By Tim Bonfield
The Cincinnati Enquirer
When the trauma work pauses at University Hospital, Maj. Brad Davis often takes a few minutes to scan the war news from Iraq.
Capt. Ralph Cosme (right), a registered nurse and Air Force reservist, trains at University Hospital in a course designed to refresh caregivers in the critical care of military personnel. He is assisted by Maj. Jorge Cisneros, a doctor and reservist. |
(Michael E. Keating photo)
| ZOOM |
Like many Americans, he wants to keep up on how things are going. But unlike many Americans, he's also looking for a glimpse of his students in action.
As battle casualties mount, Davis knows his trainees have work to do. And when he wishes he could be there to help, he reminds himself that the training conducted over here is helping save lives over there.
"Early on, I happened to glance at the TV and I saw one of my guys," Davis said. "In fact, about half of our people are working there right now."
Since September, University Hospital has been one of four civilian medical centers nationwide providing refresher courses in trauma care for Air Force reserve physicians, nurses and technicians.
Of 45 students trained so far, most have been sent overseas, some to support action in Afghanistan, most to support the war in Iraq. Things have gotten so busy that five of the 12 students who were registered to start their courses this week have already been called up for service.
The training courses, which involve cooperation between University Hospital and Wright-Patterson Air Force Base near Dayton, prepare medical staff to serve on Critical Care Air Transport Teams and Mobile Field Surgical Teams.
A new approach
The surgical teams are trained to provide rapid, damage-control surgery to wounded troops so that they can be moved safely to more sophisticated military hospitals.
The Air Force's five-member teams are equipped with backpacks that carry everything they need to set up a field operating tent in 30 minutes.
CCAT teams - which comprise the bulk of the trainees at University Hospital - are used primarily to move injured and wounded troops by air from rear-area medical stations to more fully-equipped military hospitals.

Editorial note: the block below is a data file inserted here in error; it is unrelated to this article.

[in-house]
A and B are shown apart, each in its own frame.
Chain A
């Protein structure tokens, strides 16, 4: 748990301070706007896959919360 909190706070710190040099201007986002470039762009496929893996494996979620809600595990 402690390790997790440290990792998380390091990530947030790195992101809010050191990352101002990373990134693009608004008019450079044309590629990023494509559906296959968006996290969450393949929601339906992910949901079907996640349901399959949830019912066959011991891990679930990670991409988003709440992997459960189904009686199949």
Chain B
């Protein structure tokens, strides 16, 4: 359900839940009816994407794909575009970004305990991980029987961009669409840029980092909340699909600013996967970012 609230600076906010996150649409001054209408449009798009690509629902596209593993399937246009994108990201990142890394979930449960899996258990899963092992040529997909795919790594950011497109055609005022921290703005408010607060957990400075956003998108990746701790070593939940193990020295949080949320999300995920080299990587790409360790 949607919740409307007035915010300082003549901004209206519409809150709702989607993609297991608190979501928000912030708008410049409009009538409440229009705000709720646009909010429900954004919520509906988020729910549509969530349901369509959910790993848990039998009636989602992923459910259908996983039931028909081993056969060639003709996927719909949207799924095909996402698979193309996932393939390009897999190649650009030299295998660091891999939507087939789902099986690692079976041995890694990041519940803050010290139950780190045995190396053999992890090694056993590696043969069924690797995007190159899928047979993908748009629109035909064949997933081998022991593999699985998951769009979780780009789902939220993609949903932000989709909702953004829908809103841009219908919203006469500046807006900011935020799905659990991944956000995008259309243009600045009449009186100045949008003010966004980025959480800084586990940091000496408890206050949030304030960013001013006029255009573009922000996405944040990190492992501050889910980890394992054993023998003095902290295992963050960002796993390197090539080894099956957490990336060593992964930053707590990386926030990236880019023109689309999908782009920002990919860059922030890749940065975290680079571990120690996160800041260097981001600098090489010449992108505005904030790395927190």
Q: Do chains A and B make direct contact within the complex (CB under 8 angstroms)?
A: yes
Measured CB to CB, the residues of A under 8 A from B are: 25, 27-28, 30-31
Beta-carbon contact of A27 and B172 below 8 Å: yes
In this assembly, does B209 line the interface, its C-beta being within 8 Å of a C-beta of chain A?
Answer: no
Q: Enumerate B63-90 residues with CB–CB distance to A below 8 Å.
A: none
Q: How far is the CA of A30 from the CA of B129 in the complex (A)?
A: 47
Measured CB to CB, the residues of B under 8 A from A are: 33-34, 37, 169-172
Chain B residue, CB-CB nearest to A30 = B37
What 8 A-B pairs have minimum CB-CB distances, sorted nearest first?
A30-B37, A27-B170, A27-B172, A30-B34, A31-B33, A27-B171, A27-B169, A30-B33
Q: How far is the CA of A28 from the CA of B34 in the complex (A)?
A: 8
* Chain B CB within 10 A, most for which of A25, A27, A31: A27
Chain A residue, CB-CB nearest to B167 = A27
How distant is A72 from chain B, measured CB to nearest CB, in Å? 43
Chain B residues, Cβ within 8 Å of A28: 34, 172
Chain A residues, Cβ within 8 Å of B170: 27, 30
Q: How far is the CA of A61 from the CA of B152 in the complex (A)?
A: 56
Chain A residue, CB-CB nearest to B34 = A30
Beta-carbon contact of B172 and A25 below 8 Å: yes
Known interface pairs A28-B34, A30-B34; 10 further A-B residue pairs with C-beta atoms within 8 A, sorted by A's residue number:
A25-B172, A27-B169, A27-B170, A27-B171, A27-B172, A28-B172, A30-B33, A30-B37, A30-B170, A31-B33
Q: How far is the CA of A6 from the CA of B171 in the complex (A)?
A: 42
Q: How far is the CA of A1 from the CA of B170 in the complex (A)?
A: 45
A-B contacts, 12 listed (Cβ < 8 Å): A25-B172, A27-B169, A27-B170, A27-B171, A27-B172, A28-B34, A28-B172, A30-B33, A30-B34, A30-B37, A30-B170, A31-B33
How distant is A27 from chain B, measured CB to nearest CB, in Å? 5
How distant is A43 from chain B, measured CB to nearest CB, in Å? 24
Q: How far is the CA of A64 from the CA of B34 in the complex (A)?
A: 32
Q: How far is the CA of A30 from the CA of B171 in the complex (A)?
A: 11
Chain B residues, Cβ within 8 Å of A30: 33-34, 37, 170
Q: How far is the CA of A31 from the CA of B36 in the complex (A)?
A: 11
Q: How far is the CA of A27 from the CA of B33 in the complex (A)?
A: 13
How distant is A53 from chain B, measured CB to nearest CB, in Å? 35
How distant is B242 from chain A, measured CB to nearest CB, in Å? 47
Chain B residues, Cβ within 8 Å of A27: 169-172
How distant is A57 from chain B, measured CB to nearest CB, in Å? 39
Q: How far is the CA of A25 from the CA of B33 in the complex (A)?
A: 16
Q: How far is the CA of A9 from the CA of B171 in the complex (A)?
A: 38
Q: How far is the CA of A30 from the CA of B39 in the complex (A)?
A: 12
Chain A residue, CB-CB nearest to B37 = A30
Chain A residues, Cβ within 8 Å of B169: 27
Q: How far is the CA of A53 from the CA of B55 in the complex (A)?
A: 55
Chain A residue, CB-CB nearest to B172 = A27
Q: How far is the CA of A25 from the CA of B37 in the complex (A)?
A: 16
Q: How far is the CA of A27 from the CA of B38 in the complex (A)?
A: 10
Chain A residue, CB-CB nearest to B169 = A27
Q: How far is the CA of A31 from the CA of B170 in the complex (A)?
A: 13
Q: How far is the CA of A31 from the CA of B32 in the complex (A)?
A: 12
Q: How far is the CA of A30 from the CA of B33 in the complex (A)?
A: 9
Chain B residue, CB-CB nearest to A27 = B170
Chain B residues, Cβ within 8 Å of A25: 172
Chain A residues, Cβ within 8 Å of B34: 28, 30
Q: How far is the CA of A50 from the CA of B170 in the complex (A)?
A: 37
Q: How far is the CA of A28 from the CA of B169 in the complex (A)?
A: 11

For example, CCAT teams usually are involved when wounded troops are flown to Landstuhl Regional Medical Center in Germany.
Each branch of military service provides medical teams organized in slightly different ways. Combined, they reflect a dramatically different approach to treating battlefield casualties compared to any past conflict involving American troops.
"The military has changed its entire concept of how to provide medical care in the course of the past 10 years," said Dr. Jay Johannigman, a leading trauma surgeon at University Hospital who also serves as a lieutenant colonel in the Air Force medical corps. He spearheaded the effort to launch the local training program.
During the first Gulf War, the modern version of a MASH unit was a complex facility that required as many as eight cargo planes worth of equipment and a month to set up.
"Those things don't move. The whole emphasis since then has been to make things much more flexible," Johannigman said.
The new teams are being trained to move a blend of basic-but-modern medical care as close to the troops as possible.
Life as a battlefield
At University Hospital, the trainees work in the emergency department, the operating rooms and the intensive care units. They keep their battlefield skills sharp by treating the casualties of urban life - the shootings, the stabbings, even the car wrecks.
As the public has been reminded from the latest Iraq conflict, battlefield injuries aren't limited to bullet and shrapnel wounds.
Helicopters crash. Supply vehicles have accidents. The enemy has even run into troops with trucks.
Soldiers also get sick. Allergies flare up. Heart attacks happen.
"When you're talking about a force of about 300,000 people, almost any kind of medical problem that happens in the general public can happen in theater," Davis said.
The public may benefit from the new-generation medical technology that the military medics are using in the field.
For example, many more military medics are using medicine-coated bandages that help speed up the blood clotting process, which can help prevent a soldier from bleeding to death.
Miniature versions are emerging for ultrasound equipment, blood pressure monitors and heart monitors that can take up much of a civilian hospital room.
"We have a laptop that does all three of those things," Johannigman said.
Many of these innovations are likely to find their way into civilian medicine, where they will improve the abilities of paramedics in the field and trauma teams at the bedside.
"One of the exciting things about this position is seeing some of the directions that medicine will be going," Johannigman said.
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